#CommutingSucks – 10 great reasons to live in London
Whether you consider them valid industrial disputes or despicable liberties, the recent tube strikes have probably led many of those whose lives rely on London’s public transport system to ask – “what if I could eliminate my daily commute altogether?”
The Whathouse.com team has come up with ten compelling reasons to up sticks and come and buy a new home in London...
London has the fifth-largest city economy in the world, and generates around 22% of the entire GDP of the UK. It’s home to countless British and international businesses across the whole economic spectrum, from banking to biotechnology to brewing. The City of London alone (the ‘Square Mile’) employs nearly 400,000 people. While not paved with gold, the streets of London are the place to come if you are looking for work.
Living in the countryside can be lovely, of course, but if you want to get somewhere else, it’s not always very convenient. London benefits from one of the most comprehensive public transport systems in the world (particularly considering its sheer size), with extensive bus, tube and rail networks, thousands of taxis, a growing array of cycle routes and numerous airports. The world wants to come to London, which means Londoners can also easily get to the rest of the world.
3. Shops & markets
What serious retail therapist would ever want to leave London? From global brand names to quirky individual boutiques, London’s shops bring just about everything within reach. Distinctive stores such as Harrods, Selfridges and Harvey Nichols are a magnet for international shoppers. London’s markets enjoy a fantastic reputation, from foodie heaven Borough Market to the antiques of Portobello and the flowers of Columbia Road.
Despite its constant evolution, London retains an enviable number of historical buildings and every district carries with it a rich and absorbing local heritage stretching back through centuries. Iconic sites such as the Tower of London and Houses of Parliament still inspire awe from the locals as much as the tourists. Blue plaques pepper the city with the presence of great figures from history and when it comes to a military ceremony or Royal wedding, no city does it better than London.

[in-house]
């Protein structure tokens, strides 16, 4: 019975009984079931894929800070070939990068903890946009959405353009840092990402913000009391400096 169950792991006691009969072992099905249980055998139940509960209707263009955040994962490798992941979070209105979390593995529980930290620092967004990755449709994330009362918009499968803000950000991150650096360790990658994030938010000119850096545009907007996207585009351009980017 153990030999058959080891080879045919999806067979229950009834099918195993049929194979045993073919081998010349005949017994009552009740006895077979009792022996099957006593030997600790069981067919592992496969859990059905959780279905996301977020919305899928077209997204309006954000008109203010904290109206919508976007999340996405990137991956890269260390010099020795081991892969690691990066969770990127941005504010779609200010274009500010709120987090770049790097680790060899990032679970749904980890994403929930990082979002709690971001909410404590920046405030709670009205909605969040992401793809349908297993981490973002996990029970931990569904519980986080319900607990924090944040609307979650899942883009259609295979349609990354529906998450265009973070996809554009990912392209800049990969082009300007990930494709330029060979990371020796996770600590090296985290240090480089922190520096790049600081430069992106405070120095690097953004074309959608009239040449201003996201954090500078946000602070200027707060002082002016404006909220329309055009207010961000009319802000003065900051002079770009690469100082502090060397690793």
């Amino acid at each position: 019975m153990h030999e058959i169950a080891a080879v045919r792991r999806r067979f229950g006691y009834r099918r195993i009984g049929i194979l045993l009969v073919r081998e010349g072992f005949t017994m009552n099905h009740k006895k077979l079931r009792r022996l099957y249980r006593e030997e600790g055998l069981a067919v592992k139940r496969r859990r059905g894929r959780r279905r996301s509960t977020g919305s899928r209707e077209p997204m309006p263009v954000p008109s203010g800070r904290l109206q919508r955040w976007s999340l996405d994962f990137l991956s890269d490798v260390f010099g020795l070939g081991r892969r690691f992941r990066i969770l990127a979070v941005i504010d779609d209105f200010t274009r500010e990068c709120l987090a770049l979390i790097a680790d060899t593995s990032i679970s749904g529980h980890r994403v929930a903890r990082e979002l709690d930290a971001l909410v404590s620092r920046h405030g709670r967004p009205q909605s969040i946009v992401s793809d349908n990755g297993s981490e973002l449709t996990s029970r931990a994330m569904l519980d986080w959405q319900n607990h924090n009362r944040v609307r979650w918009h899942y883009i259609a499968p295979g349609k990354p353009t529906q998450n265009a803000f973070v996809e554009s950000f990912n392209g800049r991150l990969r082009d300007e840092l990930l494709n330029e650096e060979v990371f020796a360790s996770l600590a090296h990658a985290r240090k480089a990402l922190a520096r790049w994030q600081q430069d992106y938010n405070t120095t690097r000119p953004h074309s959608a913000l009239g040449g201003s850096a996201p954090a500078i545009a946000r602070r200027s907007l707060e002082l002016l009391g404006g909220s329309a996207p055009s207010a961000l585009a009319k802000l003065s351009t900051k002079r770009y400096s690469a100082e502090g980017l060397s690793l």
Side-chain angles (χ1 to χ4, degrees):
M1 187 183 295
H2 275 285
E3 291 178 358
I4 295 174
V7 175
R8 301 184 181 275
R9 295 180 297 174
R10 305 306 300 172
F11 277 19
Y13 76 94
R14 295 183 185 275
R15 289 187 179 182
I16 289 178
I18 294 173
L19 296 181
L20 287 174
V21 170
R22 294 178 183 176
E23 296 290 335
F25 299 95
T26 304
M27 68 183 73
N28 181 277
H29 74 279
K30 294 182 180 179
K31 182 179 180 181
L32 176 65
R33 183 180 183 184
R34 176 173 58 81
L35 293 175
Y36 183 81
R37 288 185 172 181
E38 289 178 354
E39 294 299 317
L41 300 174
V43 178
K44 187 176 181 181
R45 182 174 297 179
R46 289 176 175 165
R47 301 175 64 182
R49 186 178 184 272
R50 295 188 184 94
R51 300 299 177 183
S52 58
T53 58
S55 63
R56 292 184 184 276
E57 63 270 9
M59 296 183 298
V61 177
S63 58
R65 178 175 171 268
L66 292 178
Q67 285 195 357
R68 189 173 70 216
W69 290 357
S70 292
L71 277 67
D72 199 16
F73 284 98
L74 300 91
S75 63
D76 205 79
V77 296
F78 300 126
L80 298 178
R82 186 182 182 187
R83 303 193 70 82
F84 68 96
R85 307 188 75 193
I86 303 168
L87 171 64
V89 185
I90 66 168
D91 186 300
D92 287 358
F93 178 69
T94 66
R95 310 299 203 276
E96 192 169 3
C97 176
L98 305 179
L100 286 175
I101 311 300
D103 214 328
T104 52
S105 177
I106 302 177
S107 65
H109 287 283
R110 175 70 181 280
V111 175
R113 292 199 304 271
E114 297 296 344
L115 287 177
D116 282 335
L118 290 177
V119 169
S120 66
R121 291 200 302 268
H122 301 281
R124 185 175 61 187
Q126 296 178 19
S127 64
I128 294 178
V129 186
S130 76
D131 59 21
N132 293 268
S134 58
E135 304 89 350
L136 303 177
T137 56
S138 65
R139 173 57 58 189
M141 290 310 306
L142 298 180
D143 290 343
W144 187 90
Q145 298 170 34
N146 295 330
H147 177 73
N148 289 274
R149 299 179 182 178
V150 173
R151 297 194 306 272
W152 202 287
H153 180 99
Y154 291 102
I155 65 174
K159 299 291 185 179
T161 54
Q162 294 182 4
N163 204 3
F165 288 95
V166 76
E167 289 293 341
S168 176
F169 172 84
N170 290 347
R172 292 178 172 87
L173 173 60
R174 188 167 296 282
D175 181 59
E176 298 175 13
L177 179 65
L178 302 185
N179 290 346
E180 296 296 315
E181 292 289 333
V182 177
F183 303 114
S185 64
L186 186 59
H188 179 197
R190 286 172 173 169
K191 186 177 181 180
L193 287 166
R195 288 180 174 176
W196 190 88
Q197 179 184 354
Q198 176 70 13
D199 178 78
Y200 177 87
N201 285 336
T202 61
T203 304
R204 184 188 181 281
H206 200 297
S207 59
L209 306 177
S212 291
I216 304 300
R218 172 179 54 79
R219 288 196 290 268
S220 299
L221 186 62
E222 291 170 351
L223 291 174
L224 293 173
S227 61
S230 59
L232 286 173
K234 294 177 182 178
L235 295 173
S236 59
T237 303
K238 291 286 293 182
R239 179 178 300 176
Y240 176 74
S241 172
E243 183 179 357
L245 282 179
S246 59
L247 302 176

5. Arts & culture
Few cities compare with London for the diversity and quality of culture available, much of it for free. London’s theatres attract the biggest stars to their stages (hello, Messrs Spacey and Cumberbatch), some of civilisation’s greatest creations can be seen in its museums and galleries and the city continues to inspire poets, writers and artists to this day. From street-art to Shostakovich, you can see it all in London.
6. Food & drink
The British are more open than most to new culinary experiences, and we’ve embraced just about every cuisine going. London’s multicultural population means there are many places to head for to enjoy authentic and modern dishes from all over the world. Pop-up cafés, bars and restaurants and three-star Michelin restaurants rub shoulders with historic pubs and cutting-edge cocktail bars in London in a way that 100 provincial market towns combined couldn’t compete with.
London is home to many world-class sporting venues and events. Its Premier League football teams are followed the world over, Twickenham will host the final of the Rugby World Cup this October and the 2012 Olympics provided a raft of brand new facilities including the stadium, VeloPark, Aquatics Centre and the Copper Box. The city really comes alive to perennial events such as the University Boat Race, the Ashes (at the Oval and Lord’s) and of course, the London Marathon.
8. Parks & open spaces
Flying over London reveals just what a green city it is. It has 11 Royal Parks across its boroughs, as well as other huge open spaces such as Hampstead Heath and Kew Gardens (the world’s largest collection of living plants). It also has hundreds of local parks and recreation grounds, public and garden squares and protected areas (for example, the London Wetlands Centre in Barnes, opened in 2000) where the city’s residents can relax and wildlife can thrive.
With around 300 languages being spoken across the capital, Greater London must have one of the most diverse populations of any city in the world. Whatever your background, you can be sure that there’s someone else in London who shares something of it with you. So while you might feel you’d be ‘lost in a crowd’ moving to London, you’d actually be moving much closer to those of a similar disposition, if that’s what you’re looking for. Or, indeed, someone completely different.
New buildings are constantly springing up around London, providing shops and office space as well as thousands of new homes every year. Many of the world’s most-admired architects have designs completed and planned for London, including Norman Foster and Frank Gehry at the long-awaited redevelopment at Battersea Power Station, where a refurbished and truly iconic London landmark will sit side-by-side with many brand new and exciting buildings.
Search Whathouse.com for hundreds of new homes in London.